To evaluate the long-term efficacy and safety of lixisenatide, a short-acting, prandial glucagon-like peptide-1 receptor agonists (GLP-1 RA) as add-on therapy in type 2 diabetes mellitus.
A meta-analysis of 76-week results of 5 placebo-controlled clinical trials from the GetGoal programme was performed, including 3000 inadequately controlled adult diabetic patients where lixisenatide 20 µg once-daily was administered in combination with metformin (GetGoal-M and GetGoal-F1), sulphonylurea ± metformin (GetGoal-S), basal insulin ± metformin (GetGoal-L) or pioglitazone ± metformin (GetGoal-P).
A significant reduction in HbA1c at 76 weeks was observed in the intervention arm compared to placebo (LSM difference: -0.41%, 95%CI: -0.51, -0.32, P < .00001). Compared to placebo, lixisenatide induced a larger decrease in fasting plasma glucose (LSM difference -0.49 mmol/L, 95% CI -0.71, -0.27, P < .0001) and postprandial glucose excursion after a standard test meal (LSM difference -3.29 mmol/L, 95% CI -4.17, -2.42, P < .00001). A bodyweight reduction was observed in the lixisenatide arm (LSM difference -0.40 kg, 95%CI: -0.8, -0.01, P = .05). The risk of hypoglycaemia was slightly higher with lixisenatide vs placebo (risk difference +0.02, 95% CI: 0, 0.04, P = .04). The most commonly observed non-severe adverse events were nausea and vomiting, which after week 16 and week 8, were steadily <4% and <1% in the lixisenatide arm, respectively.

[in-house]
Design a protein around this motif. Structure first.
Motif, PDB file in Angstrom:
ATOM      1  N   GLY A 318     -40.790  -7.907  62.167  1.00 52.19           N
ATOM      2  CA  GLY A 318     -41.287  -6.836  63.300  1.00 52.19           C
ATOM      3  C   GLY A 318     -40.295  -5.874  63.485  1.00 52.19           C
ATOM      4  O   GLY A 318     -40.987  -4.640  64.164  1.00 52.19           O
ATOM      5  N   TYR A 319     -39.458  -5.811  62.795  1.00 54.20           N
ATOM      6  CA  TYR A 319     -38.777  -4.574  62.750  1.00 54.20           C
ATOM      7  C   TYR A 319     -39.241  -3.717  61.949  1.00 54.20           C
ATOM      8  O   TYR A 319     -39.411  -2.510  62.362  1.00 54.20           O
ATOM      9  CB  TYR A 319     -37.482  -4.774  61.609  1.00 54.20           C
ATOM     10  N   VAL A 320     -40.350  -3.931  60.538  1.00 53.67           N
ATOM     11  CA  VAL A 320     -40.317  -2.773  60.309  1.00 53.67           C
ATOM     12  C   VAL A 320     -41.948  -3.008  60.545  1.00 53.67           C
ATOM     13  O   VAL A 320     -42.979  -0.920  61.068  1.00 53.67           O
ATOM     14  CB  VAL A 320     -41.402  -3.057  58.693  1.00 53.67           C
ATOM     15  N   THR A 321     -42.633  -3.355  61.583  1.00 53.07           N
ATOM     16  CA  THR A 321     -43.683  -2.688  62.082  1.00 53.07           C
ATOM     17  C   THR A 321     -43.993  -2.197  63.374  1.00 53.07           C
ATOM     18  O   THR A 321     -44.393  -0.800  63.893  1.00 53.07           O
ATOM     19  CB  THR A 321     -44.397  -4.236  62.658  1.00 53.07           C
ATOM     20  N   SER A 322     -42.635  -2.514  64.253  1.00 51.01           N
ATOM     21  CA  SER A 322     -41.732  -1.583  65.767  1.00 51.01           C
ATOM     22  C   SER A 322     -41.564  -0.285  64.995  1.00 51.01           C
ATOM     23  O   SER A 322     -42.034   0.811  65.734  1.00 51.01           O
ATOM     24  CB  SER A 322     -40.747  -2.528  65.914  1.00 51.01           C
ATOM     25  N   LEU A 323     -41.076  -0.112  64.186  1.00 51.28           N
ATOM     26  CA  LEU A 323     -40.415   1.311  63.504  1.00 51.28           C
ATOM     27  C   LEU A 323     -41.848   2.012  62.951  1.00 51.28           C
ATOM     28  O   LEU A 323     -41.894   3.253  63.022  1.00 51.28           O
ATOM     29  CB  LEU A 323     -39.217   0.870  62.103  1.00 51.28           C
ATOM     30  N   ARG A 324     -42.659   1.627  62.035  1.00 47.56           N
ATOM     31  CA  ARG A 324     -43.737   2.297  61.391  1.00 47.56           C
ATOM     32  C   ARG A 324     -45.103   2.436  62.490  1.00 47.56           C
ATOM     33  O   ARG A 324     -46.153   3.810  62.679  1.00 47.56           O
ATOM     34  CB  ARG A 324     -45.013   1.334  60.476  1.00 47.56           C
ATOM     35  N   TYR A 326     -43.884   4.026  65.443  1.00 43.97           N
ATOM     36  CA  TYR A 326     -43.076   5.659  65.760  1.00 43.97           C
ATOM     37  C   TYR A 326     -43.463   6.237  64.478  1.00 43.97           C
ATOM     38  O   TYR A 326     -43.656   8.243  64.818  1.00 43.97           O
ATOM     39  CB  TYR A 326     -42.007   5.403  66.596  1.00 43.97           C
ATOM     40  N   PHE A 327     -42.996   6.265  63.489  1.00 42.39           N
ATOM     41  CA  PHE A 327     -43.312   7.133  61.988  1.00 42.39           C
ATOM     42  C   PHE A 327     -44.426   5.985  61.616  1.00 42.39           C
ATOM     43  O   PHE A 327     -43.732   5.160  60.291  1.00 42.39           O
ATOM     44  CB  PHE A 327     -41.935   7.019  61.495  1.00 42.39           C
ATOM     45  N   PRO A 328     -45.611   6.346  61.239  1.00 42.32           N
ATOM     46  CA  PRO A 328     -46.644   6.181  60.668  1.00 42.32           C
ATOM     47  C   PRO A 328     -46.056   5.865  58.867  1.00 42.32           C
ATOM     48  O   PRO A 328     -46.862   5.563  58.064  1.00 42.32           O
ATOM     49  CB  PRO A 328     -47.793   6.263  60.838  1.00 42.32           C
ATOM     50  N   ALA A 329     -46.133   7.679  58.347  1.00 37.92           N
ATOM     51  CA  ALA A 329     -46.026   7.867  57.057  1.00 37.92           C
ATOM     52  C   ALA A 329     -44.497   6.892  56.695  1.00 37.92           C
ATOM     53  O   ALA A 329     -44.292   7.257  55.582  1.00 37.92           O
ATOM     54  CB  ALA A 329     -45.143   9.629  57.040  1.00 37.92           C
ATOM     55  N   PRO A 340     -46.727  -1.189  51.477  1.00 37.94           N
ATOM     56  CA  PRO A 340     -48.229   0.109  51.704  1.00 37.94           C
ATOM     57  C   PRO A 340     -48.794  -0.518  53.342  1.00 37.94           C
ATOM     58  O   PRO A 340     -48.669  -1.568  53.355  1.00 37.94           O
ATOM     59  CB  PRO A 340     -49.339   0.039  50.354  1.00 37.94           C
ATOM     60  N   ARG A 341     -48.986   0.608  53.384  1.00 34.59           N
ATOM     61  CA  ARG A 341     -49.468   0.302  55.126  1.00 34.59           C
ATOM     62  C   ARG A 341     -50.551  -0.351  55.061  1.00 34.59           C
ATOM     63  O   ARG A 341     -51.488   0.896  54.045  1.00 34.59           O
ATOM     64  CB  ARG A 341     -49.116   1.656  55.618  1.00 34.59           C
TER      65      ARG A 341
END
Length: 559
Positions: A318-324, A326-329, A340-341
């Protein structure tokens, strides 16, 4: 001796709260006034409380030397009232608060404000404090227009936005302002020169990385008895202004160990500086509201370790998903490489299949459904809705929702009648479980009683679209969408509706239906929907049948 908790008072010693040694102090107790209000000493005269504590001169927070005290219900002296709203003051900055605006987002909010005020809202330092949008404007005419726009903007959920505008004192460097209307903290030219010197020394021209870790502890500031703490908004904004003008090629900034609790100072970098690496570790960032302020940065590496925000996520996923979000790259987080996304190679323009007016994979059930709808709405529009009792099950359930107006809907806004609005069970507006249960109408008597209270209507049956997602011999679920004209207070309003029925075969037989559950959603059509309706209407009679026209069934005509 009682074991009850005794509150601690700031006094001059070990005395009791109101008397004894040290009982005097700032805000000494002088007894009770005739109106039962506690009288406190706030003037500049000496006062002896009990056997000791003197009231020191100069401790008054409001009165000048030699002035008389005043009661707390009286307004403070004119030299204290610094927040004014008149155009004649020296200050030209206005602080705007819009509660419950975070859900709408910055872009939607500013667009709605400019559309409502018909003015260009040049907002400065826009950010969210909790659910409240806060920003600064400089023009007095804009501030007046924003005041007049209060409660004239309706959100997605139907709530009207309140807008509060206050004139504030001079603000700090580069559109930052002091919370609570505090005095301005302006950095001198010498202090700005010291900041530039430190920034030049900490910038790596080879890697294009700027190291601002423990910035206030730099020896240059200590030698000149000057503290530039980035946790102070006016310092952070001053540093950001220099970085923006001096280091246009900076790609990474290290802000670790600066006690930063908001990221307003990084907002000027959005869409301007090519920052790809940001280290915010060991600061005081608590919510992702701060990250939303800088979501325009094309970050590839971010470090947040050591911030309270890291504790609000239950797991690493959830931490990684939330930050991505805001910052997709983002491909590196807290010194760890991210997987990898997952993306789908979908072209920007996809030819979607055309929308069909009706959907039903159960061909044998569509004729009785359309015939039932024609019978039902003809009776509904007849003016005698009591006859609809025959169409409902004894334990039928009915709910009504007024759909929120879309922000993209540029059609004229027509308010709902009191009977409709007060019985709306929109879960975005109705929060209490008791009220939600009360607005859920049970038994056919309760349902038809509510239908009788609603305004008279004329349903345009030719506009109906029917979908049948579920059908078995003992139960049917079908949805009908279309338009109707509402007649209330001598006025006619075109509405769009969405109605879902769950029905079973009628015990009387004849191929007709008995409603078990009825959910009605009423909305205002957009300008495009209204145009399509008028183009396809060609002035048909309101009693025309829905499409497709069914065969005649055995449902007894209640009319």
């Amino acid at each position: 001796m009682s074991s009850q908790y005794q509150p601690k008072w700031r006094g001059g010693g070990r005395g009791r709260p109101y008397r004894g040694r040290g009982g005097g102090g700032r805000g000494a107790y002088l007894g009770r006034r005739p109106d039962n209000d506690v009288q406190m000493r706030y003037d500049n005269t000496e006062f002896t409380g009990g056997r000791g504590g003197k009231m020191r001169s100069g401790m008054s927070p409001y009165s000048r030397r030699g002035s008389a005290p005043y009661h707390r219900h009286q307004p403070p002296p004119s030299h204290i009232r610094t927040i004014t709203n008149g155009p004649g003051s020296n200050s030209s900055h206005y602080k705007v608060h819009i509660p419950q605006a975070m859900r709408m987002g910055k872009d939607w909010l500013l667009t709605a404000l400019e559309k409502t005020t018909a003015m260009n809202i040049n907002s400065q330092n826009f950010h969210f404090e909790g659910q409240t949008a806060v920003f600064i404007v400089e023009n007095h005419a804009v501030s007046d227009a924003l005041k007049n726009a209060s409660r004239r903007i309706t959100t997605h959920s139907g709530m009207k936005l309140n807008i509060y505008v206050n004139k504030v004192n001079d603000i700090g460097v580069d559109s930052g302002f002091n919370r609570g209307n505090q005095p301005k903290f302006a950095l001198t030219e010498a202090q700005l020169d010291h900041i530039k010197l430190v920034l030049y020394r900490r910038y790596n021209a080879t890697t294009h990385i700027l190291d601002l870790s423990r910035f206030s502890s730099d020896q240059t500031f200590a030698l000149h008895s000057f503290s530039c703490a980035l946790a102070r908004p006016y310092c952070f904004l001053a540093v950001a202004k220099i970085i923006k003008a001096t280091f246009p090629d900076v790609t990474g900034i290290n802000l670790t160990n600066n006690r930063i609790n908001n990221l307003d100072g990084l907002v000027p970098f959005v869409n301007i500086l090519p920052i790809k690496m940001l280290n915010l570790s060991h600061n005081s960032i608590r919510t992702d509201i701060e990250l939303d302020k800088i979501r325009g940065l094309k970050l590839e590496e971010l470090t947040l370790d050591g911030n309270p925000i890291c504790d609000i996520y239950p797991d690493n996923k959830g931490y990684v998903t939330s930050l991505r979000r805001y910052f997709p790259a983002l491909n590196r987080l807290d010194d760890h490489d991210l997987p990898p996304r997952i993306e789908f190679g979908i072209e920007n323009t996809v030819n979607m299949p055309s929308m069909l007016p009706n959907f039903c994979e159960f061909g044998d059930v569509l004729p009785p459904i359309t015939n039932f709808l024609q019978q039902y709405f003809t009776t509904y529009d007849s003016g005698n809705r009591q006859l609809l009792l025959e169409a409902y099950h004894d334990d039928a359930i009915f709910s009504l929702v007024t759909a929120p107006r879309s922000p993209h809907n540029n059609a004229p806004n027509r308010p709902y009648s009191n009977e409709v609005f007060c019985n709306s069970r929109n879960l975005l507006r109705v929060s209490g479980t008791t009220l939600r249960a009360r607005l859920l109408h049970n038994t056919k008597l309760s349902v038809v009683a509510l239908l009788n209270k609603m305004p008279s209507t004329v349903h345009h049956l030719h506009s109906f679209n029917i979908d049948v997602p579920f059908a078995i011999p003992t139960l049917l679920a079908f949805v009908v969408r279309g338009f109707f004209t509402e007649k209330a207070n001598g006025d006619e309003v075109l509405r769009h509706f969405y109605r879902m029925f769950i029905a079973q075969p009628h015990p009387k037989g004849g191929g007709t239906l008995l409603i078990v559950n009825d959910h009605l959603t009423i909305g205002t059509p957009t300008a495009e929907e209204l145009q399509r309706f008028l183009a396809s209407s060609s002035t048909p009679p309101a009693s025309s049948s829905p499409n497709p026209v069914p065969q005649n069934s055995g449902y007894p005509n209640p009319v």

Lixisenatide, a once-daily prandial GLP-1 RA, provides long-term glycaemic control, a sustained beneficial effect on weight and with a good safety profile.